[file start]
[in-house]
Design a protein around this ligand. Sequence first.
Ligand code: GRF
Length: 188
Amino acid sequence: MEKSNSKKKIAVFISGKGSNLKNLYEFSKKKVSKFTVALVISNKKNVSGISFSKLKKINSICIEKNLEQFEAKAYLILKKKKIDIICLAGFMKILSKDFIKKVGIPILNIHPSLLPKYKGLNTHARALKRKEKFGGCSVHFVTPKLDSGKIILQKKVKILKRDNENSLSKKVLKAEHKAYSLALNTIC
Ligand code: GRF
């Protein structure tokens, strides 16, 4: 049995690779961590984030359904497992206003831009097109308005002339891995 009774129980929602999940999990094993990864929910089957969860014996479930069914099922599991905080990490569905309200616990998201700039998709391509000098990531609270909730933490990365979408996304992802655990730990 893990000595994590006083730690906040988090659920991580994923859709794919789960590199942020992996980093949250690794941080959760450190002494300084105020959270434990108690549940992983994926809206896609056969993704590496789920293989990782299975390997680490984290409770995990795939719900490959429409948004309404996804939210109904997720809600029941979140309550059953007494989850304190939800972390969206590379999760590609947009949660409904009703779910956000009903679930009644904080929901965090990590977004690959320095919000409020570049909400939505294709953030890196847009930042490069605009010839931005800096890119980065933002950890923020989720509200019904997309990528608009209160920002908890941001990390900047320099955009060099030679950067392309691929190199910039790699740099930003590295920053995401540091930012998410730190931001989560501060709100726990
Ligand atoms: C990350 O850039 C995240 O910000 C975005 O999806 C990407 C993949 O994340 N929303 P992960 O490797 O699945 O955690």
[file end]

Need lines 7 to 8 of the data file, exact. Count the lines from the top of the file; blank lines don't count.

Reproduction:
């Protein structure tokens, strides 16, 4: 049995690779961590984030359904497992206003831009097109308005002339891995 009774129980929602999940999990094993990864929910089957969860014996479930069914099922599991905080990490569905309200616990998201700039998709391509000098990531609270909730933490990365979408996304992802655990730990 893990000595994590006083730690906040988090659920991580994923859709794919789960590199942020992996980093949250690794941080959760450190002494300084105020959270434990108690549940992983994926809206896609056969993704590496789920293989990782299975390997680490984290409770995990795939719900490959429409948004309404996804939210109904997720809600029941979140309550059953007494989850304190939800972390969206590379999760590609947009949660409904009703779910956000009903679930009644904080929901965090990590977004690959320095919000409020570049909400939505294709953030890196847009930042490069605009010839931005800096890119980065933002950890923020989720509200019904997309990528608009209160920002908890941001990390900047320099955009060099030679950067392309691929190199910039790699740099930003590295920053995401540091930012998410730190931001989560501060709100726990
Ligand atoms: C990350 O850039 C995240 O910000 C975005 O999806 C990407 C993949 O994340 N929303 P992960 O490797 O699945 O955690």